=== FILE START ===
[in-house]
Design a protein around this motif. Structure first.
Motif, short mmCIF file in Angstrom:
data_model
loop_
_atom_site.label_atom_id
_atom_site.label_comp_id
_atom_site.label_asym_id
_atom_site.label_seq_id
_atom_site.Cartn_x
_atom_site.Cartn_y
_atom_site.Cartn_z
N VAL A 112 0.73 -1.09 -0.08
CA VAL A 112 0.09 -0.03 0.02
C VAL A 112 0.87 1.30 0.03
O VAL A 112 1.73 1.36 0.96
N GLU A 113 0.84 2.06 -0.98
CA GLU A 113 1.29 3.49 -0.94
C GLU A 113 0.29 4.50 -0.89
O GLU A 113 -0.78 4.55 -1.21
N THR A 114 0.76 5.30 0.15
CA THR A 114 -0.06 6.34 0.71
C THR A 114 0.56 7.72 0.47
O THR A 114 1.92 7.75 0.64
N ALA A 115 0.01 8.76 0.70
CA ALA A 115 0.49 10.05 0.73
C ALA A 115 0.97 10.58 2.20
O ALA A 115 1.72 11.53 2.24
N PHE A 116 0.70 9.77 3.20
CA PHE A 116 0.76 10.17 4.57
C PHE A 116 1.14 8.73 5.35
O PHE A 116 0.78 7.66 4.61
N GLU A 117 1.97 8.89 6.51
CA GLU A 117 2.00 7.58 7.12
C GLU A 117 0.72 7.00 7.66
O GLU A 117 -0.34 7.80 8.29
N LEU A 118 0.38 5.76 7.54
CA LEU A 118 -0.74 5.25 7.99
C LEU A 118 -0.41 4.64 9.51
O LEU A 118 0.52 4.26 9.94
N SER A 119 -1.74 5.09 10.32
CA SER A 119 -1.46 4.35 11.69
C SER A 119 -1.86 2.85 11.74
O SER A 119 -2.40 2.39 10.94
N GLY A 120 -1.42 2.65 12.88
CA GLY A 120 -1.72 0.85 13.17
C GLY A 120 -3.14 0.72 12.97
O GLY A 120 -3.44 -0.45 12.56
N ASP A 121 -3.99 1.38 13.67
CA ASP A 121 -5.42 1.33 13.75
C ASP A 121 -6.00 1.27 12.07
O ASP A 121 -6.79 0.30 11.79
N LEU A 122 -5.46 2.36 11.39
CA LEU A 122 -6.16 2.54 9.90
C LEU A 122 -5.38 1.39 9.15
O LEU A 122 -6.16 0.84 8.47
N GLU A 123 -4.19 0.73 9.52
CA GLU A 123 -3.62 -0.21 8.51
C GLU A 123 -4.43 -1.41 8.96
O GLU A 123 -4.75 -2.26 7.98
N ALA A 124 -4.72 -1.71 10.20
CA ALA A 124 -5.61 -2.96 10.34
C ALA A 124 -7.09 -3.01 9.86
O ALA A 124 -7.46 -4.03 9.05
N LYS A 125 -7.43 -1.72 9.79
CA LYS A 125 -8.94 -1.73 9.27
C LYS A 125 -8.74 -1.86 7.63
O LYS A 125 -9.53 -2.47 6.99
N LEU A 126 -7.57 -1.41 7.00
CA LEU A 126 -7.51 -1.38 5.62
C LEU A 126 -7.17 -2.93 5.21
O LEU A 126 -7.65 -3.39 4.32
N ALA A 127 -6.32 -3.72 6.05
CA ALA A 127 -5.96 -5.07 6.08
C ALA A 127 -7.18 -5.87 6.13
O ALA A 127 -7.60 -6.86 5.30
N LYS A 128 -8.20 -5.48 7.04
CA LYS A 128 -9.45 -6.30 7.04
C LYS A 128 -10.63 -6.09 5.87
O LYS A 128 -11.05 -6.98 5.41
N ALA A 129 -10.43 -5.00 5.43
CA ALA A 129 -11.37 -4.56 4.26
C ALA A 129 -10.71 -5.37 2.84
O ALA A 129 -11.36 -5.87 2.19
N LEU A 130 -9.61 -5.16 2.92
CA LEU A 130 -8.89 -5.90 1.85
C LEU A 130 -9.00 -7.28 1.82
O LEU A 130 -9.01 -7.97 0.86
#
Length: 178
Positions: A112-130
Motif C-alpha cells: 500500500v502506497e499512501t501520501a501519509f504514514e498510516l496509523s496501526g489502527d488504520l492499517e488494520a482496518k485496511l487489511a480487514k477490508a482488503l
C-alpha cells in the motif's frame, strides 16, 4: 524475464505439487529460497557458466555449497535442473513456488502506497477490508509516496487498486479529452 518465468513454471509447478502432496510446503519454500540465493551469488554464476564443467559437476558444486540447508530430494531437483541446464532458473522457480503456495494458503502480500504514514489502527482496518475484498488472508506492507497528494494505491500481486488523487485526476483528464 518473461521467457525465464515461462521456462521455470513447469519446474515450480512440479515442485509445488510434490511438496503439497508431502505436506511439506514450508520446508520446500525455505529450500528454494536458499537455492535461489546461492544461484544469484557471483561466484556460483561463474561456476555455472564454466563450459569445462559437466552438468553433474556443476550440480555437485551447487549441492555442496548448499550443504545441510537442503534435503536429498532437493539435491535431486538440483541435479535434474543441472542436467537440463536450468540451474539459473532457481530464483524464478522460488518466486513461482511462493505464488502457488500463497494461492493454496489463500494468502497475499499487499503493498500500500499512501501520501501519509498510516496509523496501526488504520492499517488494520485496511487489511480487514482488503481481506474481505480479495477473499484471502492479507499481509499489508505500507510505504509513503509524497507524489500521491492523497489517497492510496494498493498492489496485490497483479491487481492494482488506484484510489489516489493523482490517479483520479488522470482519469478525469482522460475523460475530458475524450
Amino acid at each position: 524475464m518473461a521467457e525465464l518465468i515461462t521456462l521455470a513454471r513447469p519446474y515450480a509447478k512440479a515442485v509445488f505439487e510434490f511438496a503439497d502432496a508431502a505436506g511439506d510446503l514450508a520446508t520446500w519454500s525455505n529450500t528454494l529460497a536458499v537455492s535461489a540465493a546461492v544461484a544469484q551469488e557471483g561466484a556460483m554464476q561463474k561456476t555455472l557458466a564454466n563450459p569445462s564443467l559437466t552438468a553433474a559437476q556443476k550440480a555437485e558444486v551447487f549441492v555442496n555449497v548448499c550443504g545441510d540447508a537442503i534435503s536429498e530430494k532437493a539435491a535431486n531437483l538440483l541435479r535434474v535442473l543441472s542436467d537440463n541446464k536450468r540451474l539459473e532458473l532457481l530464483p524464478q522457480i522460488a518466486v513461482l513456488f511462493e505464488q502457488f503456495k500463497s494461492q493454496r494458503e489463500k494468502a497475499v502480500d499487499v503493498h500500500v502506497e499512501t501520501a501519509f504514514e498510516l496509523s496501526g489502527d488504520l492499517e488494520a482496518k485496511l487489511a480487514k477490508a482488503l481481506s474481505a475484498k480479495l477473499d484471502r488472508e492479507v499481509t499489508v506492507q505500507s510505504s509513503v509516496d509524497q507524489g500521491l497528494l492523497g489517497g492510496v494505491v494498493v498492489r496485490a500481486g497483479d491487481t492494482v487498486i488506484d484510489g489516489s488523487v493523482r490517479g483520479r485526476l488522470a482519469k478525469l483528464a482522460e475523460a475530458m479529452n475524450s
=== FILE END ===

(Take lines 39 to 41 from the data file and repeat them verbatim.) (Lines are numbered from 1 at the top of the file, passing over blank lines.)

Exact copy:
C LEU A 118 -0.41 4.64 9.51
O LEU A 118 0.52 4.26 9.94
N SER A 119 -1.74 5.09 10.32